[the inverted-U design is the] most functional design around. I like some of the artistic, sculptural bike racks that I have seen and I think they have their place, but really many of them function more as public art than as efficient bicycle parking solutions. To efficiently park the most bikes in a limited amount of outdoor space, nothing on the market beats the simple Inverted-U design.
A few years ago I worked on a proposal for a bicycle parking plan to present to the City of Greenville, SC. It is probably no surprise to any of you that inverted U racks were the type that I recommended. Yeah, we have established that I like that design, so when I received a message recently from David Rulon, an architect who was the designer behind the original inverted U rack, I was interested to see his latest idea.
David points out that the new Bicycle Hitch 2 is an evolution of his original design. The new Bicycle Hitch 2 keeps the best ideas of the old one, while adding “major functional, aesthetic and “financial” improvements.” Rather than paraphrase, I will quote David on the features that he feels are advantages over his original design:
1. Bicycles are separated by enough space such that the pedals and handlebars do not interfere with each other
2. Bicycles can be secured in opposite or the same direction. The ends of the bicycles on each side of the hitching post align taking up less space and providing a neater appearance than the original Hitch-2.
3. The hitching post has separate and longer horizontal bars for each bicycle providing alternate locking locations and more space on which to rest the handlebars.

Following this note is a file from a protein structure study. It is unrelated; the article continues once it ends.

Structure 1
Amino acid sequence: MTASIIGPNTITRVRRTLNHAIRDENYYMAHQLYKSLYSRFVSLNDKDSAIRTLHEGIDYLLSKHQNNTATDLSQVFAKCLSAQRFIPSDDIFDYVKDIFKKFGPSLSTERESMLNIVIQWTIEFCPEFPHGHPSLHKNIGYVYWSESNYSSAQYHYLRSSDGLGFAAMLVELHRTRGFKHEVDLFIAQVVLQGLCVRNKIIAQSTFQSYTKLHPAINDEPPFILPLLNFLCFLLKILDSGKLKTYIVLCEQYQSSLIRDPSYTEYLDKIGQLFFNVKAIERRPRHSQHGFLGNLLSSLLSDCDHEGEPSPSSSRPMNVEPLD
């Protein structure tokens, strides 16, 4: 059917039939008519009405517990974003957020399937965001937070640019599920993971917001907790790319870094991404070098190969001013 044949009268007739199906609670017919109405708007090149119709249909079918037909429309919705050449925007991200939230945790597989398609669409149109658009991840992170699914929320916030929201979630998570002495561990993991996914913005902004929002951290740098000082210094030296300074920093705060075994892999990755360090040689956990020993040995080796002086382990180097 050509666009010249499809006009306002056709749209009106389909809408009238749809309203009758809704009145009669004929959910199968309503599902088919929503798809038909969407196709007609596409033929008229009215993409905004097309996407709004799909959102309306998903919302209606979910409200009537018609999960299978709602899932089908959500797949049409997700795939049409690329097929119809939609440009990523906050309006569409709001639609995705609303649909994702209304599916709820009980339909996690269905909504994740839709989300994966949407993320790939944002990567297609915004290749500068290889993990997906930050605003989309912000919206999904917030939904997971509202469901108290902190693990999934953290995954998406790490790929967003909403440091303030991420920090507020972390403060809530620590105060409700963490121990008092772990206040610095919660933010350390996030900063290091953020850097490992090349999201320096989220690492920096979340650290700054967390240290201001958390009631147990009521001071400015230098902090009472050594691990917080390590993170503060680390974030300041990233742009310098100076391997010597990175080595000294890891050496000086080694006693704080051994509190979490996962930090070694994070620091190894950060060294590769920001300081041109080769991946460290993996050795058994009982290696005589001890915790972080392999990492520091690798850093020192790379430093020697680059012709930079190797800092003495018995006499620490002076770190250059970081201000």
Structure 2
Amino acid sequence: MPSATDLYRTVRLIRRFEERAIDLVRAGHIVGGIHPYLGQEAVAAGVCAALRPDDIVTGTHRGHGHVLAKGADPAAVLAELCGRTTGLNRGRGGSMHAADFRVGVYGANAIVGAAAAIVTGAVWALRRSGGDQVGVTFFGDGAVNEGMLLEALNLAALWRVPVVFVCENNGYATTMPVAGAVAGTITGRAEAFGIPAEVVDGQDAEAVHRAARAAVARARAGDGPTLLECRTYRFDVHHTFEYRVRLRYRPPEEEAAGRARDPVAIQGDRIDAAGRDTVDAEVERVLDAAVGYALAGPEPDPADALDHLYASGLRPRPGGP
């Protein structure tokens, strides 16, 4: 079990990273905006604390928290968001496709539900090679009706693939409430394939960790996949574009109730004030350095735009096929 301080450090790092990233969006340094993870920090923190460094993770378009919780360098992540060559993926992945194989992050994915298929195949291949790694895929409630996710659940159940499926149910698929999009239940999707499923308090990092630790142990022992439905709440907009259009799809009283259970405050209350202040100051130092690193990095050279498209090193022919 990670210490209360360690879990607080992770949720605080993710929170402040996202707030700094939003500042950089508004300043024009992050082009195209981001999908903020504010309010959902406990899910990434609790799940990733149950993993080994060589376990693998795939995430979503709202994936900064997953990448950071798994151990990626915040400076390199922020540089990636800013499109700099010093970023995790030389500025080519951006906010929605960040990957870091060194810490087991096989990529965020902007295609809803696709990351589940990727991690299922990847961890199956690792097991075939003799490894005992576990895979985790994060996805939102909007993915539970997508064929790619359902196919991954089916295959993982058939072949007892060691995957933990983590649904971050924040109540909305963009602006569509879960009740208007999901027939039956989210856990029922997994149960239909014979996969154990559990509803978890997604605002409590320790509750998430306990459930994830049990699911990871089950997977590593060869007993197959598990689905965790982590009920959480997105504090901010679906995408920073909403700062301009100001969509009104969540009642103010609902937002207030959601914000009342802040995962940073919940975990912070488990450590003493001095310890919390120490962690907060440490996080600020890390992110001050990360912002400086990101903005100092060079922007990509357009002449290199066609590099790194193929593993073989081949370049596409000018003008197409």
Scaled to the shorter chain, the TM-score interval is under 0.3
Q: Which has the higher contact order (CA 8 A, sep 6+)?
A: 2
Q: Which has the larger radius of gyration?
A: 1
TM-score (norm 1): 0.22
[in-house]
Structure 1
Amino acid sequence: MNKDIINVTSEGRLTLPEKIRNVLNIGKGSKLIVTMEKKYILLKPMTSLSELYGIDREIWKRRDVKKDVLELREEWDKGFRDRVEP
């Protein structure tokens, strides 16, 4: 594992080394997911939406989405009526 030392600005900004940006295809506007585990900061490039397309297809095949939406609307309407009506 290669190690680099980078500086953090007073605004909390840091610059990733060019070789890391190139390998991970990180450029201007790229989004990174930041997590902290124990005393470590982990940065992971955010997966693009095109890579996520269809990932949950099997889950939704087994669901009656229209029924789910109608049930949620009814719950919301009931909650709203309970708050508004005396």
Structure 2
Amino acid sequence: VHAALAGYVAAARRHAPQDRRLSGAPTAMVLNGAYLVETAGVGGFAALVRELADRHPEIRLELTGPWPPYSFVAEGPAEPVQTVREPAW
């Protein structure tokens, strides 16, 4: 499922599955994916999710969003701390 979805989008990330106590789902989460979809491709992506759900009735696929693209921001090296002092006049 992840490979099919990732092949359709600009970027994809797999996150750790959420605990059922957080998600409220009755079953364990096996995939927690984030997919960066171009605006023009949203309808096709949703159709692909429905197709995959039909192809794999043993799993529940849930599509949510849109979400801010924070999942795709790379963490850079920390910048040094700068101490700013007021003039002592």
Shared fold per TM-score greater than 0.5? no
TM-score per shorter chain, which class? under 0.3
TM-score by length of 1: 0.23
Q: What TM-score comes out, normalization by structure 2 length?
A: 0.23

4. Optional high and low signs can be added in the space between the bikes providing a separation barrier. The lower sign could have the name, address etc of the sponsor of the bike rack (i.e. this person, business or group would pay for the rack and its installation in exchange for permanent advertising). The optional upper sign could be a mini-billboard which could be a source of revenue for the city. In some prominent locations this upper sign could be a back to back flat panel video screen possibly powered by a tubular photovoltaic collector integrated into the top frame of this sign. These video screens could be updated wirelessly.
5. This new hitching post is a more aesthetic and functional design with articulated joints and “feet”. The hitching post with the signs has a somewhat anthropomorphic shape giving the appearance of a person walking holding sandwich board advertisements.
6. A street tree or flat cartoon-like cutouts of historic, famous or political figures could be located in the space between the bikes in lieu of the high and low signs.
7. Hitching posts can incorporate parking meters to reduce street clutter.
Below you can see additional images and variations of the new Bicycle Hitch-2 racks. To show them in context, David included “images that show mid-block bicycle parking in which a car parking space is converted to bicycle parking at the sidewalk level. This sidewalk extension would provide a mid-block green space that is in a sense a mini-park with bike parking, benches and possibly other amenities. These sidewalk extensions would be restful places and may also have a tendency to slow traffic down.”